“Don’t let them get away with it!” say LTDA as consultation on proposed changes to the Congestion Ch
London Assembly members have been duped into opposing the mayor’s plan to clean up London and improve traffic flow by making minicab drivers pay the congestion charge say the LTDA.
In a highly controversial move, Gareth Bacon AM (the Conservative Assembly Member for Con, Bexley and Bromley) led a motion against Sadiq Khan’s green proposal.
The mayor wants private hire drivers to pay the £11.50 charge from April next year.
But assembly members have been convinced that the proposals would have a devastating impact on smaller minicab firms while driving up costs for passengers.
They passed the motion against the plan 16-3.
Only Caroline Pidgeon AM (Lib Dem, London wide) and the two Greens, Sian Berry AM and Caroline Russell AM, stood firm and opposed Bacon’s motion.
TfL say that the number of vehicles entering the zone each day has decreased by around 30% since the Congestion Charge was introduced in 2003. But the number of private hire vehicles (PHVs) entering the zone soared from 4,000 a day to more than 18,000.
The PHV industry has been lobbying against the mayor’s plans, saying that will they have a devastating effect on its ability to operate.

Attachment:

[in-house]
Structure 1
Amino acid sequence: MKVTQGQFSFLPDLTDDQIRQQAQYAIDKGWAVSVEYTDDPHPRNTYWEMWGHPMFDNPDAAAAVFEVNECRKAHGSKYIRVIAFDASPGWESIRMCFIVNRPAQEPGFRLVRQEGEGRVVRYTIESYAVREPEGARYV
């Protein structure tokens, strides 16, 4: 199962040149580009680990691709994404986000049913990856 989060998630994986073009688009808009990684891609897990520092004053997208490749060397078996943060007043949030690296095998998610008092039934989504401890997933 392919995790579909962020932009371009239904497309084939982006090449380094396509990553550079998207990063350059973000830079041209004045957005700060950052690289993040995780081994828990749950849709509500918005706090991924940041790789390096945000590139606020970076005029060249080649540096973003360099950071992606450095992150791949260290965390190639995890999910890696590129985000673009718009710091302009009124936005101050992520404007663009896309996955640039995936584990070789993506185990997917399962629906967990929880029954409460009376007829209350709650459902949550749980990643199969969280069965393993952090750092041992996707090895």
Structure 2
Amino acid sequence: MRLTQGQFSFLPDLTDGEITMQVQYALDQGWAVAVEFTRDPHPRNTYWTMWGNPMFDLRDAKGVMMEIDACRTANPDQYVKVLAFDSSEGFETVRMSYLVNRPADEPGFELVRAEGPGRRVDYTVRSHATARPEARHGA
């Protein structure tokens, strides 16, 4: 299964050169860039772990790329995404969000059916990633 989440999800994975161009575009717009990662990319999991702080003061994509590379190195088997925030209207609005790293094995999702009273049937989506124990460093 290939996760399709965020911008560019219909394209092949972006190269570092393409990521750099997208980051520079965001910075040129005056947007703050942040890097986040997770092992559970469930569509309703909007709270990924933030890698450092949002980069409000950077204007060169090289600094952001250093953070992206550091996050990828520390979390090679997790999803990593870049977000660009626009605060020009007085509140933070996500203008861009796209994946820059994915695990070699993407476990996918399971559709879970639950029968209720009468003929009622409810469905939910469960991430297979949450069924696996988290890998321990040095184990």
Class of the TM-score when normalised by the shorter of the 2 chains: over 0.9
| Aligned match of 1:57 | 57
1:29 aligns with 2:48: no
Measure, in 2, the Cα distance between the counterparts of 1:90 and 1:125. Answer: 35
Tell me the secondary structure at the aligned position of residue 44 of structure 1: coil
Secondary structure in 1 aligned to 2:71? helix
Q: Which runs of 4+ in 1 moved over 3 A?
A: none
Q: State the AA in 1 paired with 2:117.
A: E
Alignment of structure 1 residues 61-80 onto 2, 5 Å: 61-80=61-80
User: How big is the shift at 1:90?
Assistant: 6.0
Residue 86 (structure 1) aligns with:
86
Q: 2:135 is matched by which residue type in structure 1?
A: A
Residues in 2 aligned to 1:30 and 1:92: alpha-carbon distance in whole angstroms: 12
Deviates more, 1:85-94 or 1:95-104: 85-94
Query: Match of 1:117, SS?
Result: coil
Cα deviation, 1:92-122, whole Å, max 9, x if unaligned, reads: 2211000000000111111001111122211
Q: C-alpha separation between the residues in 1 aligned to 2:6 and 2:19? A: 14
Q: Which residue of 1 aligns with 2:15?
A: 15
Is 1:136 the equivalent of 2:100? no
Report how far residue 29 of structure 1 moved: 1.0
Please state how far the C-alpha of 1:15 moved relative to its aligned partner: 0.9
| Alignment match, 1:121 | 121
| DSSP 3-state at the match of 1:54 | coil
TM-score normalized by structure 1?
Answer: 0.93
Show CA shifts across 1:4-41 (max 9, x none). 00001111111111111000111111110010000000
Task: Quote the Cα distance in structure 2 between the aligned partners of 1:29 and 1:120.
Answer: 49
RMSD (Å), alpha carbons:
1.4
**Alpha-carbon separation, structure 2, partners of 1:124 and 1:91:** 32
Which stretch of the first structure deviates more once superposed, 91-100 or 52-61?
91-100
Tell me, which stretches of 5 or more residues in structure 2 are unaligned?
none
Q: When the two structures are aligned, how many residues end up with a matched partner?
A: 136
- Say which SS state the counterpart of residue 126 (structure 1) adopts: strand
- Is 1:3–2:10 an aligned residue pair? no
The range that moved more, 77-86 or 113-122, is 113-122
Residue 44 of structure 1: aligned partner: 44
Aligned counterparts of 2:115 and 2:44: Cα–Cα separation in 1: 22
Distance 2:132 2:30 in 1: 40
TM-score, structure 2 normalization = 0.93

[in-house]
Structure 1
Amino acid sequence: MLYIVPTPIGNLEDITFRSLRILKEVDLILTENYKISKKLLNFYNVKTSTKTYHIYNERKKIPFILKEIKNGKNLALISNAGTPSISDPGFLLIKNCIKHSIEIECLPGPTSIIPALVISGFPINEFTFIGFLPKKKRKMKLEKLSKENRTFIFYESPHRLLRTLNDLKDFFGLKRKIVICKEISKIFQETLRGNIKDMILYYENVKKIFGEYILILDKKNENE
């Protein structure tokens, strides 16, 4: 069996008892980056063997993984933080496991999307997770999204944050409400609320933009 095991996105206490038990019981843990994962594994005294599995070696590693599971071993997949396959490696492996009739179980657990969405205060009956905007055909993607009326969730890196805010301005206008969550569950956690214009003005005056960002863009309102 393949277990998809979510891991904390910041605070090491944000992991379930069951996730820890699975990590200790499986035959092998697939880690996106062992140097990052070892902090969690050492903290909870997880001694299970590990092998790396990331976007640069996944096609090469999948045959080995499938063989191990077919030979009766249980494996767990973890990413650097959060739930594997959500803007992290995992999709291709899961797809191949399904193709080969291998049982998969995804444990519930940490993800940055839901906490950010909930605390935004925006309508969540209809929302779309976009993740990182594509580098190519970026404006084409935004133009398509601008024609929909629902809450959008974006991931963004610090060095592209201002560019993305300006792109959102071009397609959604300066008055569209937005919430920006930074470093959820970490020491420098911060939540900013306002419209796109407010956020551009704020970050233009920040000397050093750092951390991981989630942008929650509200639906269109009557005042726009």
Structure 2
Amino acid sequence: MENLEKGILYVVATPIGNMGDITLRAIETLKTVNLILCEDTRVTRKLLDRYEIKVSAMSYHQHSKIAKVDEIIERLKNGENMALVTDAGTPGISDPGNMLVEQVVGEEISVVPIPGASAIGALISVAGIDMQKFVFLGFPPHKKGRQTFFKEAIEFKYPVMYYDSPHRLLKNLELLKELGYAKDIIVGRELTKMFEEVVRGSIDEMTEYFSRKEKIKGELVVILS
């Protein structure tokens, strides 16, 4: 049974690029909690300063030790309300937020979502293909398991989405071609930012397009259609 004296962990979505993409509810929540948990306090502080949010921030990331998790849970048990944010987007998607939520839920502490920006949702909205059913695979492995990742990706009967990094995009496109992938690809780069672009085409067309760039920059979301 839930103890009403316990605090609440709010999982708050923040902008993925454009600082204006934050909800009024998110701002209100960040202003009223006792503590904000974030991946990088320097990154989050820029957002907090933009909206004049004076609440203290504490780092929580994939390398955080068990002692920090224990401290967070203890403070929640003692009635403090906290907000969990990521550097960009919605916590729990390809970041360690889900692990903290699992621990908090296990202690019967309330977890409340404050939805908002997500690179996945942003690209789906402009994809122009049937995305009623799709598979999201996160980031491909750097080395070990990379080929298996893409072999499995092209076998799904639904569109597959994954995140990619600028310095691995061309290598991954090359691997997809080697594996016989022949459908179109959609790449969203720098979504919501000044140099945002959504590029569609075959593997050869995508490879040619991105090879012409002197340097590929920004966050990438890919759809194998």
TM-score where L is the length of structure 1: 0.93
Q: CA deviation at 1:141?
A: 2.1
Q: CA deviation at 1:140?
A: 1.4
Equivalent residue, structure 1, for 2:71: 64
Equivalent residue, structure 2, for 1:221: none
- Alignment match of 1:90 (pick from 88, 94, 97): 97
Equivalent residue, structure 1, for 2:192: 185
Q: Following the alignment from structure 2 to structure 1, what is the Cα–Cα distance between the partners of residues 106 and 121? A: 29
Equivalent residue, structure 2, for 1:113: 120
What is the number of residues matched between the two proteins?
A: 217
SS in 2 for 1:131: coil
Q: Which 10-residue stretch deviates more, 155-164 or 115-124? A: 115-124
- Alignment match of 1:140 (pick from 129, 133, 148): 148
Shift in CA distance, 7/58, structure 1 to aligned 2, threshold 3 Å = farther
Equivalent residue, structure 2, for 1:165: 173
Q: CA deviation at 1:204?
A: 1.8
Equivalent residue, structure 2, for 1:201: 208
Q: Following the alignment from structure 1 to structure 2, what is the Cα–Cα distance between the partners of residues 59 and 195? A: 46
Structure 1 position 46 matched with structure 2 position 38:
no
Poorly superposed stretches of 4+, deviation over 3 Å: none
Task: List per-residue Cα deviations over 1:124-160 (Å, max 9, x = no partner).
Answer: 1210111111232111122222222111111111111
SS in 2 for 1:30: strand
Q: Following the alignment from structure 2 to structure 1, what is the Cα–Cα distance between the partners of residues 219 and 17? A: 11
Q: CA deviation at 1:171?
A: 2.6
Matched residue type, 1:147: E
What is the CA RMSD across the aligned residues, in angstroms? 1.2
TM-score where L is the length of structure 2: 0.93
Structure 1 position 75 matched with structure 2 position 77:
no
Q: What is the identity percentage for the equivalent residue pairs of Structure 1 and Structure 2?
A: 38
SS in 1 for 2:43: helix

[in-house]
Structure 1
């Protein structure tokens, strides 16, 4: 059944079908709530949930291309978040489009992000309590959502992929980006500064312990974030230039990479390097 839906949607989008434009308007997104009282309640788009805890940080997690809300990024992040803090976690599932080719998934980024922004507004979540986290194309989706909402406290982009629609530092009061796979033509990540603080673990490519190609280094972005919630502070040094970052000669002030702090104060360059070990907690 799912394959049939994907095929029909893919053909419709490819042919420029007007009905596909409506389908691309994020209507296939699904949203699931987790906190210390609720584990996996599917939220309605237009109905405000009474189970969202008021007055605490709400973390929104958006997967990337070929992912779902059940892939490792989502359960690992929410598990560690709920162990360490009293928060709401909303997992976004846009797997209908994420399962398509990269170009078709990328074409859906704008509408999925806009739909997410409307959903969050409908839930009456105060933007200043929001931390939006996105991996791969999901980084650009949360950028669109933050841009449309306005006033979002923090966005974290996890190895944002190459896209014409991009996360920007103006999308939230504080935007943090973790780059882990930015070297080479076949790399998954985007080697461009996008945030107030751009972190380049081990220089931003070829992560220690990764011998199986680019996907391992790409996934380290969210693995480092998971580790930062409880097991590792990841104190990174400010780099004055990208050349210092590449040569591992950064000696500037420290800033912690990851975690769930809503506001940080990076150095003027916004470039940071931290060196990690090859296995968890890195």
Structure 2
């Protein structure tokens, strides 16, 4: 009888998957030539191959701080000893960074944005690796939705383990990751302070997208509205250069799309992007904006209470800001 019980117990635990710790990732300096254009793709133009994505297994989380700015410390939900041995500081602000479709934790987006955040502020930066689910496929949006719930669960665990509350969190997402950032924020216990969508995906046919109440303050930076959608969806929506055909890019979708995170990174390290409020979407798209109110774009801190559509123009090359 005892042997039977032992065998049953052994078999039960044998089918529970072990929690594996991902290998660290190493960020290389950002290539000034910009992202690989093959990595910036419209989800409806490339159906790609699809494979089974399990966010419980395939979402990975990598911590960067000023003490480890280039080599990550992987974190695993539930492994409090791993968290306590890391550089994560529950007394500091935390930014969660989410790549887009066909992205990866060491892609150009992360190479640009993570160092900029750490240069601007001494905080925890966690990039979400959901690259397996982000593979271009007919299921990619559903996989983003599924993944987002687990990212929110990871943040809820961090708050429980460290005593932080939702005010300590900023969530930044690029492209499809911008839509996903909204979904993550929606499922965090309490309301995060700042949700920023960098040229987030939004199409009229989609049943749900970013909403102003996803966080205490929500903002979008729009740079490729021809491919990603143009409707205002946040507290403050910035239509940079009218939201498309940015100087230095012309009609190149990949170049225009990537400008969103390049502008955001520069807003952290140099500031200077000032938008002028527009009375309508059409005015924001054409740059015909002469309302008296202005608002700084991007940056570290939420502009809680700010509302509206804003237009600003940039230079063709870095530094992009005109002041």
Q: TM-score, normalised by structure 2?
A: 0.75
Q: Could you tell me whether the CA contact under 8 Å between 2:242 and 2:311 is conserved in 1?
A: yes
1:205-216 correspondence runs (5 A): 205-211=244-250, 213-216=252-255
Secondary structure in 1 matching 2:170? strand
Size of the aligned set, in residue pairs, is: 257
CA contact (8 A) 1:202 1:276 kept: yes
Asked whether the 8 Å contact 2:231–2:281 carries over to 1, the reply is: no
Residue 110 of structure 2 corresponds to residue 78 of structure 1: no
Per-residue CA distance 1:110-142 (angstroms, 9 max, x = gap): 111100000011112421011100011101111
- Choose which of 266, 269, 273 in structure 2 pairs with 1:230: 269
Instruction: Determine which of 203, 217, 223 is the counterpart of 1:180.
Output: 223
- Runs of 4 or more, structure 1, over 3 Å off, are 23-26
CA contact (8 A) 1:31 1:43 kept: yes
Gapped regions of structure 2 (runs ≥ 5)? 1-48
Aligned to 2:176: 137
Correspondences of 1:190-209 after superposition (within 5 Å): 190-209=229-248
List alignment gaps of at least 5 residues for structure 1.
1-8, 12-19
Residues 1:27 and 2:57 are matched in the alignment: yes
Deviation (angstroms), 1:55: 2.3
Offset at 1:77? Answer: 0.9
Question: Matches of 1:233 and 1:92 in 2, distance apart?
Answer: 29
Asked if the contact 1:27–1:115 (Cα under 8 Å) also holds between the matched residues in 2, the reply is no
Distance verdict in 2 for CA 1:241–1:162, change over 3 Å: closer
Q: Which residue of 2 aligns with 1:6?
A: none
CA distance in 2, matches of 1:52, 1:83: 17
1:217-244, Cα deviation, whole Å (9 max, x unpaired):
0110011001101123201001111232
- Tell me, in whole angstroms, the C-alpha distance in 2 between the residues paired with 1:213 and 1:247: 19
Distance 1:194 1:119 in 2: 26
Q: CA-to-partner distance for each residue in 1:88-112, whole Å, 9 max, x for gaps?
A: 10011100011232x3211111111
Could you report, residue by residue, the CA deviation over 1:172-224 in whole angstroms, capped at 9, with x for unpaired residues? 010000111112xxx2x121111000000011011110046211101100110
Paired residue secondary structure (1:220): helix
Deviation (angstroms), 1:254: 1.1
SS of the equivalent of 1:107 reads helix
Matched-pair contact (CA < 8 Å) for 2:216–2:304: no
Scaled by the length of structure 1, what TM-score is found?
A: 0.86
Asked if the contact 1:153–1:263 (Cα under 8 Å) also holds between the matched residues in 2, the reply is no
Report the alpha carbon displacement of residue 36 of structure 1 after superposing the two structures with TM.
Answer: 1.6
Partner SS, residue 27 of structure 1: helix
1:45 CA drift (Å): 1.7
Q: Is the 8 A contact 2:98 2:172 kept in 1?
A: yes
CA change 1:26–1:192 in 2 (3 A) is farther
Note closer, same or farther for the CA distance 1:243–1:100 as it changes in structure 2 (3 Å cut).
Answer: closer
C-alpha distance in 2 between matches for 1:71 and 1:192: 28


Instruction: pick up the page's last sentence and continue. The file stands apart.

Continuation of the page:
But Mr Khan’s supporters say that minicabs are only supposed to be exempt from the charge when working, but the technology is old, which allows many to use it as a blanket exemption.
The proposal would make it easier for operators to direct their fleets by using just a few of their cars in central London, eg., if an operator used only five out of a hundred in the city, the £57.50 total cost, would be spread over every job done by the whole fleet.
Uber would also have to control its cars.
This would cut the thousands of empty PHVs clogging the streets of London.
But Florence Eshalomi AM (Lab, Lambeth and Southwark) and Bacon claimed that the move would not have a significant effect on traffic congestion and claimed it was really a fund-raising ploy by a hard-up TfL.
Gareth Bacon, said: “Unfortunately, this policy is just an excuse for the mayor to raise some of the money he needs to plug the nearly £1 billion black hole in the transport budget. Talk of congestion and pollution is just a smokescreen.”